Robots: An Answer to Labor Shortages, High Lumber Prices?

Filed in Technology by on June 13, 2018 0 Comments

While demand for new homes continues to rise, fewer workers are entering the industry as the existing labor forces ages into retirement.

This dynamic has led to longer construction times for homes, a key driver of low housing inventory, pushing up the price of homes across the U.S.

Decades ago, European home builders began shifting away from traditional stick-built construction and deployed advanced manufacturing techniques to offsite production. Today, wood-frame houses built using prefabricated components account for nearly 30% of builds in England and Ireland and 70% in Scotland.

Gerard McCaughey and his Irish company, Century Homes, focused on fully automating the construction process with what he calls a Fully Integrated Off-Site Solution. McCaughey sold Century Homes in 2005 and brought his vision to the U.S. with Entekra Inc. in 2016.

Entekra markets a complete home building process – concept, design, engineering, offsite fully-automated manufacturing and onsite assembly – with custom specifications for each project.

Builders enjoy reduced labor costs and a shortened production cycle, both demonstrated in Entekra’s “Four Men and a Crane” video.

In May, the company received a $45 million investment from Louisiana-Pacific Corporation. Entekra can now expand production at its California facility and open a second site, featuring advanced robotics and much higher volume capacity.

Entekra isn’t the only framing solutions provider using a fully automated and robotic production process. Blueprint Robotics in Baltimore also is targeting the custom home market and promises delivery of frames and walls fabricated offsite with insulation installed and plumbing and electrical roughed in.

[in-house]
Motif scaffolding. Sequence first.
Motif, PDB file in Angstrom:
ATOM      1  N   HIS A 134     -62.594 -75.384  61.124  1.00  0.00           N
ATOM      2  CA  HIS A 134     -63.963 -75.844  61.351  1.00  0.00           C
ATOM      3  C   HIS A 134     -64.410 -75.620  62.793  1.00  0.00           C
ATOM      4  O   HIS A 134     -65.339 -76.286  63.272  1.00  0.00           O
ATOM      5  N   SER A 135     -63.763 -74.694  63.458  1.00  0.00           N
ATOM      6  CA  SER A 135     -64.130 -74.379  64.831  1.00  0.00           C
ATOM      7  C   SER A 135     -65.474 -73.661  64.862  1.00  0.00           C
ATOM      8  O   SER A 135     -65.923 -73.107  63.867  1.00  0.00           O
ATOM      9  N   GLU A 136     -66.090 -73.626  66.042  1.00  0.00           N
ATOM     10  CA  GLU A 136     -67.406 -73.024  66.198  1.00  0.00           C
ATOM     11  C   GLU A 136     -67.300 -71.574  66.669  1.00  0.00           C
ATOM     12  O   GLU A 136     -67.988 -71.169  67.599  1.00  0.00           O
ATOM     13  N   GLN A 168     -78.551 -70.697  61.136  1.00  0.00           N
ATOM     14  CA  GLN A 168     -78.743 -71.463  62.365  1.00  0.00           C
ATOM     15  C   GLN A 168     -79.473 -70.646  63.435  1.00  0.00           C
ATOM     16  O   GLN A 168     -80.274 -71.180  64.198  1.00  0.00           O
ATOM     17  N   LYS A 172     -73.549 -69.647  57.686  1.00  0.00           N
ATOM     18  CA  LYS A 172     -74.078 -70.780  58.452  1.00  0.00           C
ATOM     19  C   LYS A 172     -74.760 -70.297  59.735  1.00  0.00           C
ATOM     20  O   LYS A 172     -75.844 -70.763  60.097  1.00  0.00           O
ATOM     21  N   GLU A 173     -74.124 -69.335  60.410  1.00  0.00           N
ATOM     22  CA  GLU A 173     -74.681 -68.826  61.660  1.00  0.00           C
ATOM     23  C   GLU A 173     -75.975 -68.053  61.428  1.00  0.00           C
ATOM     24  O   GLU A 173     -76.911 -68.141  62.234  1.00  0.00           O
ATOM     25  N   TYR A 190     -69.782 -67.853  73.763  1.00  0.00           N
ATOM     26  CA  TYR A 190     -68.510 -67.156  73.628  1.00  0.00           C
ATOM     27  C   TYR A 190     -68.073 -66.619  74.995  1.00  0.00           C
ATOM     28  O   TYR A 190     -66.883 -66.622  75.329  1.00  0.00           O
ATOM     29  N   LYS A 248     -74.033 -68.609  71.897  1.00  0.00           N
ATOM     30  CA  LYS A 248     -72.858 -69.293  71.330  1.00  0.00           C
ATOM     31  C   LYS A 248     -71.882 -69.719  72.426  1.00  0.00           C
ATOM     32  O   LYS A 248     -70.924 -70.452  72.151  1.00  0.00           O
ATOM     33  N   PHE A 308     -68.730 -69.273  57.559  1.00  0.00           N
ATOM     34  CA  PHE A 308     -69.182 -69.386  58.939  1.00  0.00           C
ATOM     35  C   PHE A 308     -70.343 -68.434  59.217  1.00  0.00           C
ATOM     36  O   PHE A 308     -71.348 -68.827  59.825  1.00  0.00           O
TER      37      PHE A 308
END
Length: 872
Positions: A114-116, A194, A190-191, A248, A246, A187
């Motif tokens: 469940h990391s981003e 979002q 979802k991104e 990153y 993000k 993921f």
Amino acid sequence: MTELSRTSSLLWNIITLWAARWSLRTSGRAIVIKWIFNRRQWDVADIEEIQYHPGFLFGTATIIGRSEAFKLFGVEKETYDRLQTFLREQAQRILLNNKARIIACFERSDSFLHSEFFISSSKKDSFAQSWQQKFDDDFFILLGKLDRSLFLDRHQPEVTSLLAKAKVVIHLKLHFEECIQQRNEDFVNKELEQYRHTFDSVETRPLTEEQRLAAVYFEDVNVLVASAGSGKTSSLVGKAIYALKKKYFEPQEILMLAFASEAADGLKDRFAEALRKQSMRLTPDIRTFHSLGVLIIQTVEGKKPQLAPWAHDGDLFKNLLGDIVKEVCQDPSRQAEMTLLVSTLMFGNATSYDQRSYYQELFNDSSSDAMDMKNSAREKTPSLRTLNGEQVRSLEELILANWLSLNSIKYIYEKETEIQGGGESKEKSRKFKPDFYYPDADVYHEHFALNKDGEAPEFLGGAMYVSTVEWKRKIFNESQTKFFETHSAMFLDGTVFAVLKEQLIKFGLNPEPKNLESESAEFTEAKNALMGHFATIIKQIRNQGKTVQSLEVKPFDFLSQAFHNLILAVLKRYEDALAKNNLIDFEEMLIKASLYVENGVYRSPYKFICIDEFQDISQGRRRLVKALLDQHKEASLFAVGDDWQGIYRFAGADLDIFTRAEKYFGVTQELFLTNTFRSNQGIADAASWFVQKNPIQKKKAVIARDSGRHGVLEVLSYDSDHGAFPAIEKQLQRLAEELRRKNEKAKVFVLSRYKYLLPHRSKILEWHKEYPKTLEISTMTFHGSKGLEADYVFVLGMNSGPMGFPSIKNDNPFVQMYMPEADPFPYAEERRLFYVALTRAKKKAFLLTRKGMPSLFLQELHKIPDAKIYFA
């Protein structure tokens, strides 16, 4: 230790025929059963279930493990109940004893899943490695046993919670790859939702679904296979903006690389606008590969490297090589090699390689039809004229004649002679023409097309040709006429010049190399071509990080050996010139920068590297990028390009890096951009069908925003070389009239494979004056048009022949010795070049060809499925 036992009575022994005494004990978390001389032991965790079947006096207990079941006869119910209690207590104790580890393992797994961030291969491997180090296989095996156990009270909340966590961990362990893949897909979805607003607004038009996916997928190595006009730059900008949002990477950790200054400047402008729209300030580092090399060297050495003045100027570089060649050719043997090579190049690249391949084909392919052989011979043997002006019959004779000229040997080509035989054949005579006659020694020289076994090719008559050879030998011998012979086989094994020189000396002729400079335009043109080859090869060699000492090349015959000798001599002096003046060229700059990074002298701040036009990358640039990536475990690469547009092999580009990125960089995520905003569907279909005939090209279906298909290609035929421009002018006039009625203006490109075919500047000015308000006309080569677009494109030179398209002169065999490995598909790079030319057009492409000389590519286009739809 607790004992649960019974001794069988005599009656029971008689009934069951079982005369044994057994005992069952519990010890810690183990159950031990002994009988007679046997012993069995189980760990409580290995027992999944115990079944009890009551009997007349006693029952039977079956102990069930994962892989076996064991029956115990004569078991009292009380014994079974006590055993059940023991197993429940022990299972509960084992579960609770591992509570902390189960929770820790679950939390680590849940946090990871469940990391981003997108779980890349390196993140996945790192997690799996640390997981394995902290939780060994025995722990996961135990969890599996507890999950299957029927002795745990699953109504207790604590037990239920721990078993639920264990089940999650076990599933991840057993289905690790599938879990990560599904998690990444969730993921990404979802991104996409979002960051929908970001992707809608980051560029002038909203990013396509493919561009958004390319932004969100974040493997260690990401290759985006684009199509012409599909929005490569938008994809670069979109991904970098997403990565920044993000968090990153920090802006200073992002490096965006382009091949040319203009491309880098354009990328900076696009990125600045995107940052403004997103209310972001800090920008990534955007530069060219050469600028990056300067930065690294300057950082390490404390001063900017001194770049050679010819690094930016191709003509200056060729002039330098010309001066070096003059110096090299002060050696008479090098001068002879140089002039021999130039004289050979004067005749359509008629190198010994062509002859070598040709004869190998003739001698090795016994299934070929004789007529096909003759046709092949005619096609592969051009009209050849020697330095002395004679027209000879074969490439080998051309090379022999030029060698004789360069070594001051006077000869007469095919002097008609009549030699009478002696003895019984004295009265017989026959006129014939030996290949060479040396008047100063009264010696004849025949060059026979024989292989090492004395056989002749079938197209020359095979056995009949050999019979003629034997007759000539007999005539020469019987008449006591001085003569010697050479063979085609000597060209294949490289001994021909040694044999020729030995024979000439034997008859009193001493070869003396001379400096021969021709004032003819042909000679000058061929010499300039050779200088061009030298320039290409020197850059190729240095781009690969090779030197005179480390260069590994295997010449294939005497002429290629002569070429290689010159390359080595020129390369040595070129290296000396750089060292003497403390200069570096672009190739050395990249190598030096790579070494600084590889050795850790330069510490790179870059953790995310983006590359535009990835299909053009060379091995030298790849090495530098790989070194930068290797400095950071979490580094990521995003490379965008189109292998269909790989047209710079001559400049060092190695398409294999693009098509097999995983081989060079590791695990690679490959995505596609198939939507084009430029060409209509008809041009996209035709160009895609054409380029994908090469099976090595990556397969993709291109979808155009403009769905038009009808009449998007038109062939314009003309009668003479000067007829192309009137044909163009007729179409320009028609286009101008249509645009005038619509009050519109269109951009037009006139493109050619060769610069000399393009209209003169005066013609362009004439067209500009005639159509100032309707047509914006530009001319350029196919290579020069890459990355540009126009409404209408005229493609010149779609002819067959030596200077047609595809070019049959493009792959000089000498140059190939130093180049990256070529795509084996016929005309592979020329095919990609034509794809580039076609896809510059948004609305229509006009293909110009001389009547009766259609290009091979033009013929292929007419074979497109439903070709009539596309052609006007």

Blueprint’s 200,000-square-foot facility has three robotic production lines working on walls, floors and roofs.

Like Entekra, Blueprint touts the time-saving benefits of its process. But the companies also say that an integrated design and manufacturing process featuring precision cuts reduces framing material waste. The monetary value of that waste savings is growing by the day as lumber prices climb ever upward.

While both companies feature fully automated robotic manufacturing processes, they still employ plenty of assembly line workers in their facilities, mainly in fitting and joining. An ongoing research and development project in Switzerland is exploring a more advanced use of robotics in offsite home construction.

Funded by the Swiss National Science Foundation, the National Centre of Competence in Research Digital Fabrication initiative is leading the development and integration of digital technologies in architecture. In March, the project demonstrated how its robots can precisely cut and place frame beams in geometrically complex timber modules.

The timber frame shown in the video will be used on the upper floors of the project’s DFAB House, a proof-of-concept model for many of the techniques being developed. The project has already produced breakthroughs in the use of concrete with its Smart Slab and Smart Dynamic Casting technologies. The concrete components will be used on the DFAB House ground floor with a load-bearing wall of rebar 3D-printed by an autonomous construction robot.

Looking beyond timber framing altogether, 3D printing may be the next revolution: A Ukrainian company with offices in Reno, Nev., PassivDom, is offering self-sufficient, off-the-grid homes 3D-printed with fiberglass and carbon fiber that do not require a foundation. A 775-square-foot, one-bedroom module fully furnished with solar panels installed can be bought for $147,000 with an expected delivery in under two months.

Apis Cor, a Russian firm with an office in San Francisco, has developed a mobile 3D printing robot that uses concrete to print structures onsite. Rather than marketing directly to consumers, Apis Cor is targeting builders and offering its robot as a product.

Home construction has long been on the vanguard of industrial innovation. With the current economic climate dictating a rapid shift in business fundamentals of labor and materials, expect to see big changes in the near future.

For questions about the NAHB Building Systems Councils, contact Devin Perry at 202-266-8577.

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